An individual-based model to infer the impact of whalewatching on cetacean population dynamics
Lusseau, D., Lusseau, S.M., Bejder, L. and Williams, R. (2006) An individual-based model to infer the impact of whalewatching on cetacean population dynamics. Scientific Committee of the International Whaling Commission
Whalewatching play an important socioeconomic role in many countries. Yet after 20 years of research in its effects on the targeted populations, its sustainability is now questioned. While much progress has been made to understand the short-term influences of boat-cetacean interactions for individuals and schools, the long-term consequences of those remain uncertain. Recent studies showed that the stress related to both interactions themselves and the avoidance strategies individuals used can affect the fitness of individuals and their reproductive success. The decrease in individual fitness can itself result in lowered survival probabilities, because of increases in either mortality or emigration rates. We introduce an individual-based model of population dynamics which attempt to incorporate these findings to understand their potential consequences for the dynamics of populations. This model is based on realistic scenarios in which schools of individuals are exposed to boat interactions on a daily basis. This results in different yearly cumulative exposure to boat for each individual. The relationship between survival and reproductive parameters are then linked for each individual to their boat exposure using logistic functions. Variance is introduced in these functions to highlight both the uncertainty in the relationships as well as individual variation in effect size. Using two case studies we show that whalewatching can influence the dynamics of cetacean populations and can also jeopardise the viability of populations which are already at risk.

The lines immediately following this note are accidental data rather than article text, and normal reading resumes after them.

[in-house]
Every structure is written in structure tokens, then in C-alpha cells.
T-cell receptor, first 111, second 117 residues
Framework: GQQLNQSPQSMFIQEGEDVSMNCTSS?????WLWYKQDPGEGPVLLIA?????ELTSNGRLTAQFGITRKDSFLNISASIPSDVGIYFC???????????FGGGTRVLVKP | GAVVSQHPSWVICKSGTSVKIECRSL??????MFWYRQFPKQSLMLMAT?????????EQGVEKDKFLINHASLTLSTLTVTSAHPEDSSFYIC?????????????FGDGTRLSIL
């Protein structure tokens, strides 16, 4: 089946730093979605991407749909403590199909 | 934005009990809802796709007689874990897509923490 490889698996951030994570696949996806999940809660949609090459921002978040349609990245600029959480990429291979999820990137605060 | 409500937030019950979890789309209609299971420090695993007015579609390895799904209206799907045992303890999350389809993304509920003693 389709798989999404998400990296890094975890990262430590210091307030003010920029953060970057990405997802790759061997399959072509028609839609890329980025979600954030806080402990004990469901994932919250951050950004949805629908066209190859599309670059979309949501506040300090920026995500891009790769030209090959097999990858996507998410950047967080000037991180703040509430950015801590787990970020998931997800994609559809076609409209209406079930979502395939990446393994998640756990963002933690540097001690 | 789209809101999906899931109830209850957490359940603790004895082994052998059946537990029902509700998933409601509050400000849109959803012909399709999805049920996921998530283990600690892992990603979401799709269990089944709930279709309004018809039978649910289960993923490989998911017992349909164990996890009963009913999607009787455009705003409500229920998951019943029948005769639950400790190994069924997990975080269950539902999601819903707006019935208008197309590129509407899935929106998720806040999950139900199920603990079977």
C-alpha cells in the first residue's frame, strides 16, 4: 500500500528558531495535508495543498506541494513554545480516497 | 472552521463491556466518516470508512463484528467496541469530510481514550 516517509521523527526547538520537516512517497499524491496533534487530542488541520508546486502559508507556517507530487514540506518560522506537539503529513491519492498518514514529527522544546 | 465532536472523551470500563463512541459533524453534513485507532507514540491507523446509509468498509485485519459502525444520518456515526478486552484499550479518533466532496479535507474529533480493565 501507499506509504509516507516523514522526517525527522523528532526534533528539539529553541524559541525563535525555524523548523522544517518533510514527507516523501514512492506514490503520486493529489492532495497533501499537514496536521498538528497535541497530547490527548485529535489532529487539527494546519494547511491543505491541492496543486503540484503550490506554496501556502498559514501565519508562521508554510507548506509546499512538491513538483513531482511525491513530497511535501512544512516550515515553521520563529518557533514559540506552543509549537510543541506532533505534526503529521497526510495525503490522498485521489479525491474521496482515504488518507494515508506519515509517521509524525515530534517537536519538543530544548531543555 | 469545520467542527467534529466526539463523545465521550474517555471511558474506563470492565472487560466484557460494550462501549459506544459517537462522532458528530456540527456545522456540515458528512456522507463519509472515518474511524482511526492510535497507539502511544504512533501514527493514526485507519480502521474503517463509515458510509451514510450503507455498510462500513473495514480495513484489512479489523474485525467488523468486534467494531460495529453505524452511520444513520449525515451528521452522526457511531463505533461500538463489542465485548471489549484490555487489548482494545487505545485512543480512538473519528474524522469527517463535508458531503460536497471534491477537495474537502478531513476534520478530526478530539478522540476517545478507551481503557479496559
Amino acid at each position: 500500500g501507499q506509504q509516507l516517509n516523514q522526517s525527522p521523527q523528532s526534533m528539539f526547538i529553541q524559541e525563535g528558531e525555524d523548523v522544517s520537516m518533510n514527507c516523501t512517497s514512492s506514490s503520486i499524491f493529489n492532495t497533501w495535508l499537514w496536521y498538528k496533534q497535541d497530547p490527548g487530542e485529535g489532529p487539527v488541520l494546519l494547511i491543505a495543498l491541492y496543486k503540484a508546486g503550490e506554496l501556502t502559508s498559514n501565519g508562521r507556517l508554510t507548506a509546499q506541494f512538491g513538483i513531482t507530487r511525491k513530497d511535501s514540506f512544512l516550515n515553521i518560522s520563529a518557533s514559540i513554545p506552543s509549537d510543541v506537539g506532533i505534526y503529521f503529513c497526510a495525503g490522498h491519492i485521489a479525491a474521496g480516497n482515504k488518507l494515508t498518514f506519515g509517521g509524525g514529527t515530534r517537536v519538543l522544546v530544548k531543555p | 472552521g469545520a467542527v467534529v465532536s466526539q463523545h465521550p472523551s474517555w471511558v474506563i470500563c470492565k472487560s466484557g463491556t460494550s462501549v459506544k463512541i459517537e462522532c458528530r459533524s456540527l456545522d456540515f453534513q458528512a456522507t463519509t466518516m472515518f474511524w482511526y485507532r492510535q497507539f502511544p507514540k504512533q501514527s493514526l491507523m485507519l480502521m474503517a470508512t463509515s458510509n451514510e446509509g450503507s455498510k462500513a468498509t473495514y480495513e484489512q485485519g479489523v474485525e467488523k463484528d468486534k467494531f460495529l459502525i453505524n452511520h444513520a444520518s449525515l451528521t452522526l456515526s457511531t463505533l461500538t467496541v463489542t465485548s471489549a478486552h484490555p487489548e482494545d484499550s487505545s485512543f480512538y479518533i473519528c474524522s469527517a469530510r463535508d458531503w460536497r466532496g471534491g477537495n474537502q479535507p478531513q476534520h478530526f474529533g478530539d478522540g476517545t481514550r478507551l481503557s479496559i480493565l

|Murdoch Affiliation:||Centre for Fish and Fisheries Research|
|Publisher:||Scientific Committee of the International Whaling Commission|
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